Agatha Mary Clarissa Miller was born September 15, 1890 in Torquay, Devon, England, the daughter of Frederick A. Miller and Clarissa (Boehmer) Miller.  She was the sister of Margaret F. Miller and Louis M. Miller.
Agatha married Archibald Christie on December 24, 1914 in London.  He was an aviator in the Royal Flying Corps. While he was off at war, she worked as a nurse with the Red Cross and later as a dispenser. It was while working in a hospital during the war that Christie first came up with the idea of writing a detective novel. Although it was completed in a year, it wasn't published until 1920, five years later.
Agatha and Archibald's marriage was a turbulent one. They did have a child, Rosalind (Christie) Hicks. Not long after the death of Agatha's mother, she discovered Archibald was having an affair. She disappeared for 11 days. The fact that she was at that point a famous mystery writer made her disappearance all the more mysterious. It has been speculated that the double tragedy of the loss of her mother and betrayal of her husband was too much to face. Agatha was divorced in 1928. She then married Max Mallowan in 1930. This was a much happier marriage and they remained married until her death.
"The Mysterious Affair at Styles" gave the world the inimitable Hercule Poirot, a retired Belgian police officer who was to become one of the most enduring characters in all of fiction. With his waxed moustache and his "little grey cells," he was "meticulous, a tidy little man, always neat and orderly, with a slight flavour of absurdity about him."
Christie wrote more than 30 novels featuring Poirot. Among the most popular were "The Murder of Roger Ackroyd" (1926), "Murder on the Orient Express" (1934), and "Death on the Nile" (1937).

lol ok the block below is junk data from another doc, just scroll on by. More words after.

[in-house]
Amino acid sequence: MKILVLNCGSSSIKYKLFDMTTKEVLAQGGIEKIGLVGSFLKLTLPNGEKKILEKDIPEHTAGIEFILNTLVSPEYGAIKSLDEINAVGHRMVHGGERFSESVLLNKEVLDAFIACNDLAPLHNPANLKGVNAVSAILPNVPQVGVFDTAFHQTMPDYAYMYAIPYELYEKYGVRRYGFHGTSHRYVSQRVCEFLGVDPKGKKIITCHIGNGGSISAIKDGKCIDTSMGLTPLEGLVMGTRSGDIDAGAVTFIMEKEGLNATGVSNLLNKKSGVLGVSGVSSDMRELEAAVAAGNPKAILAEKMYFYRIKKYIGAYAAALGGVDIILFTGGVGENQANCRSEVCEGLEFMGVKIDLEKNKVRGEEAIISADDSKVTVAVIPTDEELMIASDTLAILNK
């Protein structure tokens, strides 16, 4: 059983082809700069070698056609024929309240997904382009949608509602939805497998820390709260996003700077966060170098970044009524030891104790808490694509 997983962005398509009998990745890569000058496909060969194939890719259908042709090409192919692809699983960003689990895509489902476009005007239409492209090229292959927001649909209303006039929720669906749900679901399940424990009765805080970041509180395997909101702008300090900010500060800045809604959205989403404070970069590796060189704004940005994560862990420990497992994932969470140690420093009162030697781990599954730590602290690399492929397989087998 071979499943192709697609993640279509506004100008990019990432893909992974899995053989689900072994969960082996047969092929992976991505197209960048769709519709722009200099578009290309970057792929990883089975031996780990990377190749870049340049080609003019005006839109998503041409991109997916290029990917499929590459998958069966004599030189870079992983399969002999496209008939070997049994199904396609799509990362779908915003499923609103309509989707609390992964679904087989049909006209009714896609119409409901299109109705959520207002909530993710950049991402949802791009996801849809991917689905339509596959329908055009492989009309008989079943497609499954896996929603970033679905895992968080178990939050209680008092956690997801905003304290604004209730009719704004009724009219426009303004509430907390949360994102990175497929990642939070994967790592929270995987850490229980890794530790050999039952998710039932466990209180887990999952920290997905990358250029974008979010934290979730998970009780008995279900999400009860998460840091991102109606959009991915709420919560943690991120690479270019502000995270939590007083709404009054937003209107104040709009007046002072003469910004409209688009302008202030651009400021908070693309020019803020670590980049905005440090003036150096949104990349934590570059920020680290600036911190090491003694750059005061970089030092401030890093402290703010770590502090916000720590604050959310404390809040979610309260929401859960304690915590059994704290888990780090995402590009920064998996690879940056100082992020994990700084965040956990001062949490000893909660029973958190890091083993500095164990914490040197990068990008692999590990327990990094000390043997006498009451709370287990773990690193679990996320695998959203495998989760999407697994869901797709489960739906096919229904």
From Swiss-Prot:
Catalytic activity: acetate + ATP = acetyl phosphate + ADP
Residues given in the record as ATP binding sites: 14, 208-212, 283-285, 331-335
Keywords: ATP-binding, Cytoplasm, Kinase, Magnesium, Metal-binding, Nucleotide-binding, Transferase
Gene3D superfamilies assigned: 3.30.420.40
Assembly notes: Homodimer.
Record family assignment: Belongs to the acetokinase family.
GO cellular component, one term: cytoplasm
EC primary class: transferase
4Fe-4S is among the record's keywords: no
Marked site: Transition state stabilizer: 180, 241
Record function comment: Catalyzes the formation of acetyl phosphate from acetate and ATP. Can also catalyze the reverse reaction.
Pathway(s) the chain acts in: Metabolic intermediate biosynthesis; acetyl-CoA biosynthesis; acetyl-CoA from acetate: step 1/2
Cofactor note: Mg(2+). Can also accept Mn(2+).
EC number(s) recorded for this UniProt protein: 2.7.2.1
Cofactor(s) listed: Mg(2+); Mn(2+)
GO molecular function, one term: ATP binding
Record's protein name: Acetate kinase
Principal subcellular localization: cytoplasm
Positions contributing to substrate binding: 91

Agatha introduced another of her famous characters. Miss Jane Marple in"Murder at the Vicarage" in 1930. Miss Marple is an elderly spinster in the quaint English village of St. Mary Mead. While appearing to be muddle headed, she solved all manner of mysteries with intense concentration and intuition in 12 novels. Miss Marple was the perfect character for the Golden Age of fiction in England during the 1920s and '30s, resulting in Agatha being acknowledged as Queen of the Golden Age.
Agatha wrote over 66 novels, numerous short stories and screenplays. She also wrote a series of romantic novels using the pen name Mary Westmacott. She wrote the longest running play, The Mousetrap. Her novel, Murder on the Orient Express became one of her works to be turned into movies with notable success. Many other works were made into movies as well, including works with the characters Tommy and Tuppence.
Agatha Christie's work has been translated into more than a hundred languages. In 1971 she was awarded the high honor of becoming a Dame of the British Empire.
Agatha Christie died on 12 January 1976 at age 85 from natural causes at her Winterbrook House in the north of Cholsey parish, adjoining Wallingford in Oxfordshire (formerly part of Berkshire). She is buried in the nearby churchyard of St Mary's, Cholsey.
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